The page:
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Talking to Your Kids about Drugs and Alcohol


According to the most recent National Survey on Drug Use and Health, the average age for first use of an illegal substance among school aged children is 12 years old. This finding likely means that some adolescents start to use illegal substances at an even younger age. In 2014, slightly more than 2.3 million adolescents aged 12 to 17 were current users of illicit drugs, which represent 9.4% of adolescents.

Many adolescents do not view prescription medications as harmful substances, even if they are being misused or abused. This misconception is compounded by family members or friends who may offer to share their medications. Fourteen percent of high school seniors have reported using prescription medications for non-medical reasons. An alarming and sobering fact that many families are unaware of is the primary source of drugs for 12 to 14 year olds—the medicine cabinet at home.

As a parent, learning the lingo related to the adolescent abuse of drugs and prescription medications is an important step in protecting your child. “Pharming Parties” refer to the non-medicinal use of prescription medications and over-the-counter cough and cold remedies at parties. Parents may also hear references to “Skittles parties” or “Skittling”, which refers to pill parties. At “Pharming Parties” or “Skittle Parties” adolescents typically bring any medications they were able to procure, add it to a communal bowl, and consume handfuls of pills or over-the-counter drugs with alcohol. Another common practice is known as “Robo-tripping”. Users may drink excessive amounts of the active ingredient dextromethorphan, found in cough suppressants such as Robitussin.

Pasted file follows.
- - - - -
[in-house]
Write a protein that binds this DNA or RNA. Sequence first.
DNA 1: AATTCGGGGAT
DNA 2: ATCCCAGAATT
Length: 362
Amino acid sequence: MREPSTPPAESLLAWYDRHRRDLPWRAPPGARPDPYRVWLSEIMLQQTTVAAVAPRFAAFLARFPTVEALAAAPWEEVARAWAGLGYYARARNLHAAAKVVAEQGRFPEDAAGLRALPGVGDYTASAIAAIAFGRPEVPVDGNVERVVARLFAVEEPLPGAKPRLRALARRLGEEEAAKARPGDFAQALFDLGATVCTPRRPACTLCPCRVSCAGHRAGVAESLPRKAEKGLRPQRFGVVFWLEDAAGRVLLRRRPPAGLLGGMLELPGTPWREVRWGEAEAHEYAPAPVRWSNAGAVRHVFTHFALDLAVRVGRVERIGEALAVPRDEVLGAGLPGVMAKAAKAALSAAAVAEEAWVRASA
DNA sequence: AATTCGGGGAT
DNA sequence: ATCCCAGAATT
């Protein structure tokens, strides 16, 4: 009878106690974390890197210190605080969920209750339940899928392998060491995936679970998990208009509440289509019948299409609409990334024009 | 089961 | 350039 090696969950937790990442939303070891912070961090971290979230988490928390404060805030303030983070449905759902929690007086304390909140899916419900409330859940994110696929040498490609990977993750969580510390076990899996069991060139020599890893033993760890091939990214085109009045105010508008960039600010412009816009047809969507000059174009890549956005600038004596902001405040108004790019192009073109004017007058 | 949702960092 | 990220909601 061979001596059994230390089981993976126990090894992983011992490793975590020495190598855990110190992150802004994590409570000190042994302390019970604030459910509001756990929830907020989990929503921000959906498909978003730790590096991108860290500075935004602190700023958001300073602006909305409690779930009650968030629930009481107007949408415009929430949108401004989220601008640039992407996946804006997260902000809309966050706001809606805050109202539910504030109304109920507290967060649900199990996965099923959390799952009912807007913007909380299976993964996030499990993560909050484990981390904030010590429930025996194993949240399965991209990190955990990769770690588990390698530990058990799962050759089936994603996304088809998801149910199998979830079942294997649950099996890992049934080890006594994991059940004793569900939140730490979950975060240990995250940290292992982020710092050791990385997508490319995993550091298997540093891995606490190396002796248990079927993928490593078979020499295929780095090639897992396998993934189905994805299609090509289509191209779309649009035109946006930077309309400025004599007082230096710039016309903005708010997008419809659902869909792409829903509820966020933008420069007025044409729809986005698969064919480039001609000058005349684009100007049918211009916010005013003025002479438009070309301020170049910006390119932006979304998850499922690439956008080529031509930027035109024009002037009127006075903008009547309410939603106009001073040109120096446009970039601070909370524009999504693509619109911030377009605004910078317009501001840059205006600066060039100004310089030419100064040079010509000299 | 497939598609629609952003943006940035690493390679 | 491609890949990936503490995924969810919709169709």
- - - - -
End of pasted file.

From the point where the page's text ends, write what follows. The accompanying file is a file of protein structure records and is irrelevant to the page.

In an effort to get high, an estimated 15% of teens have resorted to non-prescription cold and cough medications, as indicated by the Partnership for Drug-Free kids. The practice of abusing prescription medications is dangerous, and has long term effects on an individual’s health and well-being. According to The Medicine Abuse Project, nearly half of the young people who eventually inject heroin start by abusing prescription drugs.

It is important to remind children and teenagers to only take prescription medication that has been prescribed specifically for them. As a parent or guardian, you can take steps within the home to protect your child, and your child’s friends:

  • Keep your medications in a secure place in your home
  • Safely dispose of expired or unused medications that you no longer need
  • Remain educated on the latest drug and alcohol trends among young people, and share what you learn with other parents
  • Talk to child about the dangers of drug, alcohol, and prescription drug abuse

Talking with your children about the use of drugs and/or alcohol can sometimes be an uncomfortable subject to bring up. To help you with this process, there are many tools available to you through The Partnership for Drug-Free Kids and The Medicine Abuse Project. Healthcare providers can also aid in providing education and encouraging families to have conversations with their children about substance abuse and misconceptions about prescription medications.

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